DAILY MAIL COMMENT: Time to snap out of this party hangover
How many drinkers does it take to make a party? We ask the question because the numbers said to have attended Sir Keir Starmer‘s boozy gathering in Durham last year appear to be swelling.
The initial story was that it was just the Labour leader and a few colleagues enjoying a beer and a takeaway after a long day on the local election campaign trail.
Yesterday, however, Sir Keir admitted the ‘team’ around him comprised six people. Presumably also present were representatives of the constituency association, whose office it was.
Sir Keir Starmer being interviewed by host Sophie Raworth for BBC1. He yesterday admitted the ‘team’ of colleagues he drank a beer with last April comprised around six people
How many in total, then. Ten? A dozen? More? Bear in mind that this was at a time when indoor socialising was banned AND, as the Daily Mail reveals today, there was specific official guidance for the May 6 elections that campaigners should NOT meet indoors.
So how does this get-together differ in principle from Boris Johnson having a drink with senior staff after work in the Downing Street garden during lockdown? Indeed the outdoor setting was surely safer.
Yet Sir Keir demands Mr Johnson’s resignation, while steadfastly refusing to apologise (three times yesterday alone) for his own obvious rule-breaking.
Yes, there were multiple gatherings at Downing Street, some in probable breach of Covid restrictions. But that doesn’t make Sir Keir’s soiree any more acceptable. Or him any less of a steaming hypocrite.
The truth is the public are becoming heartily sick of this unedifying bunfight.
Once mandarin Sue Gray has reported on the affair, Mr Johnson has prostrated himself in humble contrition (again), and those responsible for arranging the parties censured, Britain must move on.
If there’s been one good outcome of ‘Partygate’, it’s that the PM has been forced to rediscover his inner Tory.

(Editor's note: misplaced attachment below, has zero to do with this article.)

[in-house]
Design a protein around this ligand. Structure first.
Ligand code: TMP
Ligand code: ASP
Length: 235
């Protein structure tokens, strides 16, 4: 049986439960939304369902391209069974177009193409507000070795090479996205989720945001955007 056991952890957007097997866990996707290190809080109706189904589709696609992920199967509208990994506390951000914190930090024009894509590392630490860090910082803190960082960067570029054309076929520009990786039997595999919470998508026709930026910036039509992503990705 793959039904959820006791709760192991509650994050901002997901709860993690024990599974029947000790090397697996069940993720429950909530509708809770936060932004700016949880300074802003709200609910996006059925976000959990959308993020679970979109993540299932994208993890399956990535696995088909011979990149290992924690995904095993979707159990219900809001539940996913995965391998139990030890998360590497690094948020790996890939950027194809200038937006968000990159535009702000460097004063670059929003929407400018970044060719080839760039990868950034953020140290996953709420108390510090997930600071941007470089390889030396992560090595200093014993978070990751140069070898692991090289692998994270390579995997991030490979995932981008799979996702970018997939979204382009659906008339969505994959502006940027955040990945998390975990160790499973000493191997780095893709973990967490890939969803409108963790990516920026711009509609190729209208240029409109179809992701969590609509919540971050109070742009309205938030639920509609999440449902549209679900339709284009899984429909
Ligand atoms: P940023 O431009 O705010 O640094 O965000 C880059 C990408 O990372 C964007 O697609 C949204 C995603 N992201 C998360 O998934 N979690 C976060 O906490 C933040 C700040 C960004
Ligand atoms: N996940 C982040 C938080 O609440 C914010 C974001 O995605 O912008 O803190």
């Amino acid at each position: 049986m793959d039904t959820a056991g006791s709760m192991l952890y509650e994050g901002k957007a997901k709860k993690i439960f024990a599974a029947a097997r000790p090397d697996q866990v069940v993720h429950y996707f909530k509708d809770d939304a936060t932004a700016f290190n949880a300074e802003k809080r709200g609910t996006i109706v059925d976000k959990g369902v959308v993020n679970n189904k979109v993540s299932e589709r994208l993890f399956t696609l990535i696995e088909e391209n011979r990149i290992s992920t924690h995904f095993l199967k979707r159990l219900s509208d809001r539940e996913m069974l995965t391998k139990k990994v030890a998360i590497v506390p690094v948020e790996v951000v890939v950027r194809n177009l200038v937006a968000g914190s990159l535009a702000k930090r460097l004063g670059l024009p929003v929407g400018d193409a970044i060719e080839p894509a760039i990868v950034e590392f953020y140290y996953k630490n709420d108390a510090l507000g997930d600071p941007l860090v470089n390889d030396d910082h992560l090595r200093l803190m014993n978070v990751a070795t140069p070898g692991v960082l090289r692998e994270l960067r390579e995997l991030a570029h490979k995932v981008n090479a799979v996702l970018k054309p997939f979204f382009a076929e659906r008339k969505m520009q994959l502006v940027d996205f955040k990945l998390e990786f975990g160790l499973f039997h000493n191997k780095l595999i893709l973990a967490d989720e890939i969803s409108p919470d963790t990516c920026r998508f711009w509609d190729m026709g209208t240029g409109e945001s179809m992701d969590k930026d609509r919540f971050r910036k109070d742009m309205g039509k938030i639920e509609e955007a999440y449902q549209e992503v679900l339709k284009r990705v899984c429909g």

Sue Gray, pictured, is the civil servant in charge of the investigation into Downing Street’s ‘Partygate’ scandal
His backbenchers were right behind him in rejecting tougher restrictions despite the arrant scaremongering over Omicron. They are now driving him towards a more ‘red-meat’ Conservative agenda.
Bringing in the Navy to tackle cross-Channel migration. Freezing the television licence fee with a view to abolition. The Levelling Up Bill.
Rewriting human rights laws to make deporting foreign criminals easier. These are all policies that will please party faithful and country. He must make sure words are followed by radical action.
Mr Johnson must also shelter families from the worst of the coming cost of living crisis. A thorough review of green taxes on energy bills and deferral of the impending rise in national insurance would be excellent starting points.
Everywhere is thrilling medical and economic news. Virus infection rates are plummeting and our GDP has returned to pre-Covid levels faster than almost any other Western country. We are ready to fly.
But first we must get past Partygate. This whole saga is giving us all a thumping hangover – without having had the fun of going to the parties. Enough is enough!
An outdated model
It’s hardly surprising that highly paid BBC stars are lining up to defend the corporation against Culture Secretary Nadine Dorries’ proposal to freeze, and then abolish, the licence fee.
Cultural vandalism, they say. A spiteful assault on impartial journalism. A proxy war to distract from the Government’s many failings. Poppycock!
For Gary Lineker and the rest, £159 a year is nothing. But as former BBC chairman Lord Grade said yesterday, for many families it’s money they could better spend elsewhere. For example, offsetting the forthcoming spike in energy bills.
True, the BBC at its best is an admirable institution. But in this multi-media age, funding it through a regressive and universal tax is surely unsustainable.